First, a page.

My work computer is my home computer is my work computer. But even if your work computer and your home computer aren’t the same one, maybe you use Facebook at work? Or you might order something online at lunch? Possibly you do a little work every once in a while over the weekend or during an evening?
If so, chances are good that on your home computer you’ll start seeing, “you might know this person! Want to connect with them?” But the person is someone you met at a work conference.
And then at work you’ll see “Moms in <yourtown> do this one crazy thing to find discounts on <thatthingyoujustboughtonline>”
That stuff drives me nuts. You, too?
I don’t want to be tracked, notated, analyzed, or have my online existence bugged just as a general rule. Professionally it’s not only annoying, it also hampers my ability to do my job well. Because the more I use my computer, the more the artificial intelligence algorithms start filtering out stuff. Or letting stuff in that’s patently false.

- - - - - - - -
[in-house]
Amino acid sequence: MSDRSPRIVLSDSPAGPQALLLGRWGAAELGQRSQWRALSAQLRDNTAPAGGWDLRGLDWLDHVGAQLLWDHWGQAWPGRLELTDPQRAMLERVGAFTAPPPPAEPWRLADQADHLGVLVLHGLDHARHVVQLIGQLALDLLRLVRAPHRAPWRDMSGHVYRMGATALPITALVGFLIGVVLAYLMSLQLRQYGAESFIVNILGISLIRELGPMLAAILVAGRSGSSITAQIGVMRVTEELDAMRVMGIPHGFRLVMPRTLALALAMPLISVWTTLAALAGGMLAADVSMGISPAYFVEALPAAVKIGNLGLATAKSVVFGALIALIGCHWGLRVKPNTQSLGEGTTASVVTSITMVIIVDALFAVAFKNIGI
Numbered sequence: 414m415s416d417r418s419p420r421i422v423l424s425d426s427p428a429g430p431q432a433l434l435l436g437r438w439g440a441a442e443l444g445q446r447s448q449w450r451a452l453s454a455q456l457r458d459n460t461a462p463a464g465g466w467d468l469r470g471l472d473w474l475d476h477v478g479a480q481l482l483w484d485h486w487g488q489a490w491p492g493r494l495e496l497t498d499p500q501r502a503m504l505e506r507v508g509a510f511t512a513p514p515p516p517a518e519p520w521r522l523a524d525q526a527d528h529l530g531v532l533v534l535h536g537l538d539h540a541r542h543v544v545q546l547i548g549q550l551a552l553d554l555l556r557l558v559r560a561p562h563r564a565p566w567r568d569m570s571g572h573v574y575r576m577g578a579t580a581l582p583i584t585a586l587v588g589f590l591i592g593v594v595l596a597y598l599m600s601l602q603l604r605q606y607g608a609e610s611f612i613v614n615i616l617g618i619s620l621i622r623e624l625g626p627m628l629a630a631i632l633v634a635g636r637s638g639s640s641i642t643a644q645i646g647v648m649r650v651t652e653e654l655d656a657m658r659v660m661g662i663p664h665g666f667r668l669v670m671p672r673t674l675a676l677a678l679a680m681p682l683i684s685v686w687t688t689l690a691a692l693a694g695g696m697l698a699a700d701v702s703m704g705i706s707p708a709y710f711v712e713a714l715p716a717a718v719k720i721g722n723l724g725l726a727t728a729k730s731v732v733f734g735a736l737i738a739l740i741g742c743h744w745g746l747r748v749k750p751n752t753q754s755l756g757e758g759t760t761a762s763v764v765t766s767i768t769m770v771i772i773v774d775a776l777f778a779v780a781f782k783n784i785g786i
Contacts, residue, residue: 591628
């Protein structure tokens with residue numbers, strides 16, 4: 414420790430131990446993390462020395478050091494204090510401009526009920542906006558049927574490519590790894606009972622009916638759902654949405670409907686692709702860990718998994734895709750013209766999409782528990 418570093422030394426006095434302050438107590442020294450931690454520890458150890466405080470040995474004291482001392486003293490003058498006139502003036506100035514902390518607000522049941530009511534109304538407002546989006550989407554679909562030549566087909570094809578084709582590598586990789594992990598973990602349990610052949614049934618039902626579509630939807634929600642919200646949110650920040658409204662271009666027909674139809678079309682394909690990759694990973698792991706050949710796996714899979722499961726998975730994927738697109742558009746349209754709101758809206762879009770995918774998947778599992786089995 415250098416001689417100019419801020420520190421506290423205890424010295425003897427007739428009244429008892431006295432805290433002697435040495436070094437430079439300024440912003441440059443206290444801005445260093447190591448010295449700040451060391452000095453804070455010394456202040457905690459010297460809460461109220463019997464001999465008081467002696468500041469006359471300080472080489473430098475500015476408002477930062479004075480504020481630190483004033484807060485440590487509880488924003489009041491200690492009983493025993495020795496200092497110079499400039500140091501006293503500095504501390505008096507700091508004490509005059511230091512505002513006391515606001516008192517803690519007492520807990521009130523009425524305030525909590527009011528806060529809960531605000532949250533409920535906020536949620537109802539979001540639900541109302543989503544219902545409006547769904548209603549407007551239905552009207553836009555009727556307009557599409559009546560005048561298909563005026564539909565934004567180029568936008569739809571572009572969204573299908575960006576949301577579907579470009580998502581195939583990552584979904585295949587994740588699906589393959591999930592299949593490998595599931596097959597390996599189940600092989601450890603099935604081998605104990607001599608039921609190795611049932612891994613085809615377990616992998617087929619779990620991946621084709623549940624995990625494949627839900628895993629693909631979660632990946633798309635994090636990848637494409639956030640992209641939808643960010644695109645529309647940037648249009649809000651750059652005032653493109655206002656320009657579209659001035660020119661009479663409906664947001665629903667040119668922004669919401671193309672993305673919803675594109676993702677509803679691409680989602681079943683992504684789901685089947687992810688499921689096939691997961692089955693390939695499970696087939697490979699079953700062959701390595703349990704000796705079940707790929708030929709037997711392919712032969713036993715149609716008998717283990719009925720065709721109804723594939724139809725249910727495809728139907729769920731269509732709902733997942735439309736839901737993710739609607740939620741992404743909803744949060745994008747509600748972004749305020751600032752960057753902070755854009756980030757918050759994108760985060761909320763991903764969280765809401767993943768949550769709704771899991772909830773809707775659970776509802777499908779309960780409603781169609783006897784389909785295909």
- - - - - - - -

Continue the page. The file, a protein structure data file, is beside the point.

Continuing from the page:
If you don’t believe me, check out this TED talk by Eli Pariser about filter bubbles. It’s eye-opening. If you’re a professional researcher you’re going to understand the dangers pretty quickly. Results that you should be seeing, you’re not. And you don’t even know it.
So, here’s the action plan.
It’s simple. Just use a search engine that doesn’t track you. It’s not about having something to hide or trying to be secretive. It’s about using tools that don’t inherently take away your best results under the guise of doing you a favor. And PS, it’s none of a search engine’s business what I search for, anyway.
Last month, Angie Stapleton and I did a workshop on advanced web searching at the APRA conference. We put together a handy cheat-sheet comparing 13 search engines – some that may be new to you and some that will be very familiar. Many are international, so give them a try to get an even wider variety of results. The handout is here on our free Learning Media page.
Does the search engine track you? Does it serve up advertisements? As you use it more, does it learn more about you so it can personalize your results?
Those are some of the questions we ask and answer. Some on the list do, others keep your searching private even while they’re giving you direct access to Google results.
Give them a try – and let me know what you think.
For further reading: 8 Search Tricks That Work on DuckDuckGo But Not On Google